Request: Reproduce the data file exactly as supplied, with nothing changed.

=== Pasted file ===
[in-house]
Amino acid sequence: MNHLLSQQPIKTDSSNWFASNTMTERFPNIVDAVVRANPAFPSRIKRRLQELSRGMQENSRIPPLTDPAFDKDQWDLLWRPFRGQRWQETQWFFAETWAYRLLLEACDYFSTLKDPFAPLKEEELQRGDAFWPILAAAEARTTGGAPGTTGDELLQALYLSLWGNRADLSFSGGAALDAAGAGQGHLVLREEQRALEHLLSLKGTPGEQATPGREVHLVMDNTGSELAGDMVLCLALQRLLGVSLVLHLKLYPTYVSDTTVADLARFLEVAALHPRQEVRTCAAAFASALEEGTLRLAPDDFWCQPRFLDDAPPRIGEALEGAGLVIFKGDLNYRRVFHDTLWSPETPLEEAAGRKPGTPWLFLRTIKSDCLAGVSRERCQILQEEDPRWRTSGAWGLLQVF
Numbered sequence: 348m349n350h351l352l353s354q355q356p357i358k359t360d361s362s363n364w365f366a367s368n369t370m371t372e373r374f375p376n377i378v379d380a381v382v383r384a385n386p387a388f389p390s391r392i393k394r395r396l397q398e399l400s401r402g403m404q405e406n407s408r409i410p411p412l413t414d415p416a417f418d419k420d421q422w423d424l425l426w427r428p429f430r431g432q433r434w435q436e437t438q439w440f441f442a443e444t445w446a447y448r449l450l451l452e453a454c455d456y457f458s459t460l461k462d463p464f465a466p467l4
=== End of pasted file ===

[in-house]
Amino acid sequence: MNHLLSQQPIKTDSSNWFASNTMTERFPNIVDAVVRANPAFPSRIKRRLQELSRGMQENSRIPPLTDPAFDKDQWDLLWRPFRGQRWQETQWFFAETWAYRLLLEACDYFSTLKDPFAPLKEEELQRGDAFWPILAAAEARTTGGAPGTTGDELLQALYLSLWGNRADLSFSGGAALDAAGAGQGHLVLREEQRALEHLLSLKGTPGEQATPGREVHLVMDNTGSELAGDMVLCLALQRLLGVSLVLHLKLYPTYVSDTTVADLARFLEVAALHPRQEVRTCAAAFASALEEGTLRLAPDDFWCQPRFLDDAPPRIGEALEGAGLVIFKGDLNYRRVFHDTLWSPETPLEEAAGRKPGTPWLFLRTIKSDCLAGVSRERCQILQEEDPRWRTSGAWGLLQVF
Numbered sequence: 348m349n350h351l352l353s354q355q356p357i358k359t360d361s362s363n364w365f366a367s368n369t370m371t372e373r374f375p376n377i378v379d380a381v382v383r384a385n386p387a388f389p390s391r392i393k394r395r396l397q398e399l400s401r402g403m404q405e406n407s408r409i410p411p412l413t414d415p416a417f418d419k420d421q422w423d424l425l426w427r428p429f430r431g432q433r434w435q436e437t438q439w440f441f442a443e444t445w446a447y448r449l450l451l452e453a454c455d456y457f458s459t460l461k462d463p464f465a466p467l4